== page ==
There, I met Real Life Queer People. People who not only shipped gay couples, but related to them. I began to contemplate by own sexuality — but nah, I was definitely straight. I invited my best friend to the board, also a fan of the franchise. We began roleplay flirting as our characters. I… was not straight after all. We started dating IRL.
I know lots of people, especially Millenials, who discovered their sexual orientation through fanfiction. It was a way to explore and experiment safely. It made being queer feel more normal: we knew and loved these characters already. If they could be queer and it was okay (in this fictional version of a fictional story), maybe it could be okay for us, too.
Even today, with far more mainstream queer representation (in books, movies, and TV shows), many queer young people flock to fanfiction to find representation. It’s easy to find exactly what you’re looking for, whether it’s a pairing, a mood, or a certain trope. And if you can’t find what you’re looking for, there’s no barriers to making your own.
So here’s to queer fanfiction, from Spock/Kirk to Xena/Gabrielle (which basically jump-started the lesbian romance genre) to the K-pop ships dominating today. Long may it reign.
All the Links Fit to Click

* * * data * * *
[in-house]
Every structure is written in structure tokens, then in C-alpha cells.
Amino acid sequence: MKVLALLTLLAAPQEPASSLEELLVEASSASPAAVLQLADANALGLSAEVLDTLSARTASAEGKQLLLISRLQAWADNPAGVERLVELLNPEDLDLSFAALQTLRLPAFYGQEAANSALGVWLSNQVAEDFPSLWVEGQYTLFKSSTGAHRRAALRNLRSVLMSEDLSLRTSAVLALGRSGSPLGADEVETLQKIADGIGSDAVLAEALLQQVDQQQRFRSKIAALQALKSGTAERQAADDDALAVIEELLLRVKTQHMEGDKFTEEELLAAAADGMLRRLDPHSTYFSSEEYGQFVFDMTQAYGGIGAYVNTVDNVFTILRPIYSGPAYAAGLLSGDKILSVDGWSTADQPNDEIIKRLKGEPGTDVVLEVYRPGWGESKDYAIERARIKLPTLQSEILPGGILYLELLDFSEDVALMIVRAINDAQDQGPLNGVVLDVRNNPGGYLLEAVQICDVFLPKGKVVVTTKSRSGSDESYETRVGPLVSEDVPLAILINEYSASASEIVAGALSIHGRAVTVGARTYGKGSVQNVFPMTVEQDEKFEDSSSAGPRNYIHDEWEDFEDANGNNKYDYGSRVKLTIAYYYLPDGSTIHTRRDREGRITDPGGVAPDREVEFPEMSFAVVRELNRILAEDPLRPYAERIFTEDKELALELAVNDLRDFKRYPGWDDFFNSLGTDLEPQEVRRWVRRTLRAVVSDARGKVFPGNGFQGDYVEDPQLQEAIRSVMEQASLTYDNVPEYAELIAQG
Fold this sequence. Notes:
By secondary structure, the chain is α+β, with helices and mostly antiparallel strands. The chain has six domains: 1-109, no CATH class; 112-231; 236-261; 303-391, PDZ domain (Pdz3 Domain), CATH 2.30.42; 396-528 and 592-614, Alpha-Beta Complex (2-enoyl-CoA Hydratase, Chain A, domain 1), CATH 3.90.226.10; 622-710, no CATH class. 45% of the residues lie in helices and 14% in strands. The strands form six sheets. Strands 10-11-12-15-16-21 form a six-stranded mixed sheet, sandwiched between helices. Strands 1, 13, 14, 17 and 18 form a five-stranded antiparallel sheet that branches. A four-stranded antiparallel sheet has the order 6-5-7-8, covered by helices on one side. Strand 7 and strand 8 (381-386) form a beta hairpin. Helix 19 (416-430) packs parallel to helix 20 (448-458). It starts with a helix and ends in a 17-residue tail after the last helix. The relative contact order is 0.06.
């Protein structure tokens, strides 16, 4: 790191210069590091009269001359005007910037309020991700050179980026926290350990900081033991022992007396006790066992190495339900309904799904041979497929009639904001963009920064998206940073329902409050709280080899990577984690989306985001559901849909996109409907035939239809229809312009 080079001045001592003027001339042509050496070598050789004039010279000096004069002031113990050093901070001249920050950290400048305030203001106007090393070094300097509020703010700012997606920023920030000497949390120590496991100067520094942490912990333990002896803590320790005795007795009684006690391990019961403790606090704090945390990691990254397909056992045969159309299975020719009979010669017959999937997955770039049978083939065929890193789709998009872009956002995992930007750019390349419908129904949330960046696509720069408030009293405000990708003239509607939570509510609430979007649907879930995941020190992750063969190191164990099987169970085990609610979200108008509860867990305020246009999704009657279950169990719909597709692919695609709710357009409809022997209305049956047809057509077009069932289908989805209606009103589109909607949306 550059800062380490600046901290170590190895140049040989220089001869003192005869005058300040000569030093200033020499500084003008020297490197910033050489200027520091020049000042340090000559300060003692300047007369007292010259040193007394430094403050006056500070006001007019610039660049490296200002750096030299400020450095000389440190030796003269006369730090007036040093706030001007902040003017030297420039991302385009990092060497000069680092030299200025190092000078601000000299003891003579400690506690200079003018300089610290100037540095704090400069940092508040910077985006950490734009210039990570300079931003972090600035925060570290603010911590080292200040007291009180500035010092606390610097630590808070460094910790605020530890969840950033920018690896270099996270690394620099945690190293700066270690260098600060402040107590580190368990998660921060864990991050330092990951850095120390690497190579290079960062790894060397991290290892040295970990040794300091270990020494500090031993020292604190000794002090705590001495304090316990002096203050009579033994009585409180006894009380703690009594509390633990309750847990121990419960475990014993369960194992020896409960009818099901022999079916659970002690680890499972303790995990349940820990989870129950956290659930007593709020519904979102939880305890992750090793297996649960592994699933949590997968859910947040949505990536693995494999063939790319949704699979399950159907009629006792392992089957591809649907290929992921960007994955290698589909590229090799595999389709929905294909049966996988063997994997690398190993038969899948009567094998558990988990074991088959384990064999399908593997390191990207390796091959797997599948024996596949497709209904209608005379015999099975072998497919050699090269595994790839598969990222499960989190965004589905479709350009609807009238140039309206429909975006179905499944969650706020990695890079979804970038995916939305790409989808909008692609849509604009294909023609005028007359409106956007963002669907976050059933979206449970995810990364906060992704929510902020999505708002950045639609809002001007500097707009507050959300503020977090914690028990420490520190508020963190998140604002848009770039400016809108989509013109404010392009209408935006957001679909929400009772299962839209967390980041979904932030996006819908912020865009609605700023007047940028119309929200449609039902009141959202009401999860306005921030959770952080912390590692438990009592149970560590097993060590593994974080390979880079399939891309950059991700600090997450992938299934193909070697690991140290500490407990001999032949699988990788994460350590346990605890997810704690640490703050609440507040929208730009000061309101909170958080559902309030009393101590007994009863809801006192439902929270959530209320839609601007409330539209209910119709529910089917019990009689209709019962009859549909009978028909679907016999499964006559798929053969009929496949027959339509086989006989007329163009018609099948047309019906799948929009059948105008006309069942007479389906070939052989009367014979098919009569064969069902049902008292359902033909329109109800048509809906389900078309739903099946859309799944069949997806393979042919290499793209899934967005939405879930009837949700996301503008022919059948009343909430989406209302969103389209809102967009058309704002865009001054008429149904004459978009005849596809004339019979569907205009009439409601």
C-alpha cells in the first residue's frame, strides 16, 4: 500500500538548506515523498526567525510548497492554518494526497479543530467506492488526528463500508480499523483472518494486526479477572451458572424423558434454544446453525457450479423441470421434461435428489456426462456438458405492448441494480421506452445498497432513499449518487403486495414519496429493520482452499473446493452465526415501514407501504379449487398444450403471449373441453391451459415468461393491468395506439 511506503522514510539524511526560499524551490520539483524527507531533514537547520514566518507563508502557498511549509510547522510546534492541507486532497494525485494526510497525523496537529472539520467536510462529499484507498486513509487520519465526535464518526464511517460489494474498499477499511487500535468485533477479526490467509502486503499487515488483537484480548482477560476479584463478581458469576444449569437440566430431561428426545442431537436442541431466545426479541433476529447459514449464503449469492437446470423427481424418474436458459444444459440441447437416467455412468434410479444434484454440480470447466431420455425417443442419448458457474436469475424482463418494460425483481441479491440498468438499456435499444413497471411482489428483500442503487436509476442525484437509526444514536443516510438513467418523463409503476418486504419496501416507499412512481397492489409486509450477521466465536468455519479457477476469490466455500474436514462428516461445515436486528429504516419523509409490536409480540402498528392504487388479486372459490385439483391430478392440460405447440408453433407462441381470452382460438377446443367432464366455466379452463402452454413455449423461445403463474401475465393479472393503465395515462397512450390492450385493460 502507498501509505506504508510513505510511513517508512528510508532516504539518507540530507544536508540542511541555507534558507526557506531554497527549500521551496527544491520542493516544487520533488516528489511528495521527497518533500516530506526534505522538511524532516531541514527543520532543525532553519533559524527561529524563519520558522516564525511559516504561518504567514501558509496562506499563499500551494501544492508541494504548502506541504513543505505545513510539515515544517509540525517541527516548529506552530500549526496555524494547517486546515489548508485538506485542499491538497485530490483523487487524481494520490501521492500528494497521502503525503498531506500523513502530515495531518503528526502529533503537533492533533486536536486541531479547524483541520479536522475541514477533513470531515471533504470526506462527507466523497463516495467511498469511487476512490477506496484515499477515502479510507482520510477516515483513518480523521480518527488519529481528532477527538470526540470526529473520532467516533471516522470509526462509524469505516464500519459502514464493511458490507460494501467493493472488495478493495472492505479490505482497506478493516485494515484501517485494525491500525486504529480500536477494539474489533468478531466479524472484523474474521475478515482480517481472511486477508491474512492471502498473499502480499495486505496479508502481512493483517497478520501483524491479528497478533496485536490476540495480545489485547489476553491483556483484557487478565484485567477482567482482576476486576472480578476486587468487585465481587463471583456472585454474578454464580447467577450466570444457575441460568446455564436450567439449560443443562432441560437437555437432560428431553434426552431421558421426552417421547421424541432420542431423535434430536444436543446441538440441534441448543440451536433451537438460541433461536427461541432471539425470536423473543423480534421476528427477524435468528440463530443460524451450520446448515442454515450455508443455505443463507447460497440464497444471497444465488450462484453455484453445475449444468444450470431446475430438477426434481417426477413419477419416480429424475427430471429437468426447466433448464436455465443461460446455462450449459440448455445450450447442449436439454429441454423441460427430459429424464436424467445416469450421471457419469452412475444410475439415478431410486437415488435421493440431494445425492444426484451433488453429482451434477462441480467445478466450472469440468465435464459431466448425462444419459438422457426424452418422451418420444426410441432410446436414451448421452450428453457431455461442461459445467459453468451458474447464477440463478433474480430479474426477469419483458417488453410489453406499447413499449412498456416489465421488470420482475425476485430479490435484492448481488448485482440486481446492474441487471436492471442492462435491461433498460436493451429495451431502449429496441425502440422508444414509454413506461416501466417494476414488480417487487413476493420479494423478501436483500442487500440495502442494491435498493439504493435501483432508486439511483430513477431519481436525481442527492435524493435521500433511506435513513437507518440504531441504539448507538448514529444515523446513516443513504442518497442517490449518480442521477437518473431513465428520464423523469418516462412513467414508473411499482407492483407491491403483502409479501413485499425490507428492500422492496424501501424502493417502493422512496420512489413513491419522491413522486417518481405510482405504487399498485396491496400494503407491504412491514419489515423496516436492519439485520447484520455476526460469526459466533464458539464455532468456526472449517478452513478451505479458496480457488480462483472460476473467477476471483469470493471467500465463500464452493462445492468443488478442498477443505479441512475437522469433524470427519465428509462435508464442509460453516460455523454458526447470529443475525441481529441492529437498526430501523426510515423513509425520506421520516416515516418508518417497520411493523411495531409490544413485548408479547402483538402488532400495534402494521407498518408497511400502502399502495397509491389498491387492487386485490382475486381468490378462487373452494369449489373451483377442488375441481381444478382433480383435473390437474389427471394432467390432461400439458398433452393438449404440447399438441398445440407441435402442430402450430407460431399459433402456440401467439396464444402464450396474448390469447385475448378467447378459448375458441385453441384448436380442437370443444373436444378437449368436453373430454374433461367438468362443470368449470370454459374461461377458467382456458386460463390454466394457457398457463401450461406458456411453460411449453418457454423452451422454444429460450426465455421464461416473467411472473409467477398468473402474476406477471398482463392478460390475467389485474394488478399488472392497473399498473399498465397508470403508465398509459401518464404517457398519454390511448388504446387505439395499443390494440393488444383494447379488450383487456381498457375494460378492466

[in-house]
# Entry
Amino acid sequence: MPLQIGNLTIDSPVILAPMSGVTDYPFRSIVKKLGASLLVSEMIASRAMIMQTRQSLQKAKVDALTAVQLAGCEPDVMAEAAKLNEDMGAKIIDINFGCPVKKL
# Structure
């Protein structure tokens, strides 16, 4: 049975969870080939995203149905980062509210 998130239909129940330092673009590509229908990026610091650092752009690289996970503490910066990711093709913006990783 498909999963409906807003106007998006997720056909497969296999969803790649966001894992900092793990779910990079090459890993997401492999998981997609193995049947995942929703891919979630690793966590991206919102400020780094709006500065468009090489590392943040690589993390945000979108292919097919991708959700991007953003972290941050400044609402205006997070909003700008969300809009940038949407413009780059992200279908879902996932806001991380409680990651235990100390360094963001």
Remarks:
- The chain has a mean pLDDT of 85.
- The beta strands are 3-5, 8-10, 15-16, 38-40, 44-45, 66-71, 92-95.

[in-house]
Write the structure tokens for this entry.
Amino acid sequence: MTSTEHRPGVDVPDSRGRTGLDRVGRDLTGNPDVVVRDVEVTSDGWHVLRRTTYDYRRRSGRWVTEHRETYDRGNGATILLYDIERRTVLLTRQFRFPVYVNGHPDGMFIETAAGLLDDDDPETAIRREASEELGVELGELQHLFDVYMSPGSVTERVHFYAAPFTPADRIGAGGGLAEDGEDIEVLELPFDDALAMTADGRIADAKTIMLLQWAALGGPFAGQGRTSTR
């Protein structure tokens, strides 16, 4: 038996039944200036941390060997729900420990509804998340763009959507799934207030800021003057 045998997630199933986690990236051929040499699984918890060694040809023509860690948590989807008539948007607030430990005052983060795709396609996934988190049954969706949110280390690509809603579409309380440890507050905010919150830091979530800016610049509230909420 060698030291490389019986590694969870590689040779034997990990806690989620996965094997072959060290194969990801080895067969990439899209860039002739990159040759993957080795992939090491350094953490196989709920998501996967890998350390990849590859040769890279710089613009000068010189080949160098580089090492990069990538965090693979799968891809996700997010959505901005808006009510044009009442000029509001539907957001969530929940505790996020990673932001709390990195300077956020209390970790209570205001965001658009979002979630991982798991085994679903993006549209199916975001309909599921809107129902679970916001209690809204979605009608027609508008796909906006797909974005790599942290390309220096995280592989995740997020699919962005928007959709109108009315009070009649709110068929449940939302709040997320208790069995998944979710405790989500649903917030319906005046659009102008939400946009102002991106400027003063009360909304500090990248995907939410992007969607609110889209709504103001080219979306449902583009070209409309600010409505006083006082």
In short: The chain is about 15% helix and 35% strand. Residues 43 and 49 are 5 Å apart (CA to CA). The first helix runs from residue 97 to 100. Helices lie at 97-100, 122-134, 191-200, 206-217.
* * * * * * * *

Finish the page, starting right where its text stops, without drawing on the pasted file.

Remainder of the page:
- Your rage read of the week: Lincoln Children’s Museum cancels drag queen story hour event following death threats.
- Can you guess the most common reasons books were banned in 2021?
- Some nice follow-up from last week: the bookstore that make a TikTok about customers turning around the covers of LGBTQ books got a flood of online orders for queer books!
- “Gender critical” transphobes tried to claim Terry Pratchett and Neil Gaiman’s books as supporting their viewpoints. It didn’t go well for them. Gaiman rebuked the idea that Pratchett would ever support transphobia and explained that while there are transphobic character in Sandman, you’re not supposed to agree with them. Pratchett’s daughter also defended her father against these claims, and fans told personal stories about him being a trans ally.
- Love, Victor has been renewed for season 3! (I’ve really been enjoying it.)
- Robin (of Batman and Robin) is canonically bisexual now.
- It’s Time to Give Harley Quinn a Girlfriend on the Big Screen Already.
- This book with a gay main character was first told through Instagram stories.
- Here are the M/M books by bi or gay men out in the second half of 2021.
- Read some books with asexual main characters!
- Here are some great LGBTQ Pakistani books.
- 5 queer YA about friendship breakups and 5 queer novels set in India.
- Dan Levy and Eugene Levy are publishing a Schitt’s Creek book called Best Wishes, Warmest Regards.
- Afterparties by Anthony Veasna So got a glowing review in Washington Blade, calling it the book of the summer.
- Shelly Parker-Chan was interviewed at the Geekiary about She Who Became the Sun, and why she wanted to subtitle it “Revenge of the Genderqueers.”
- May Peterson, author of The Calyx Charm, discusses queerness, The Wizard of Oz, being trans, and inspirational witches.
- Courtney Gould, author of The Dead and the Dark (a YA horror novel I really enjoyed) was interviewed at The Nerd Daily.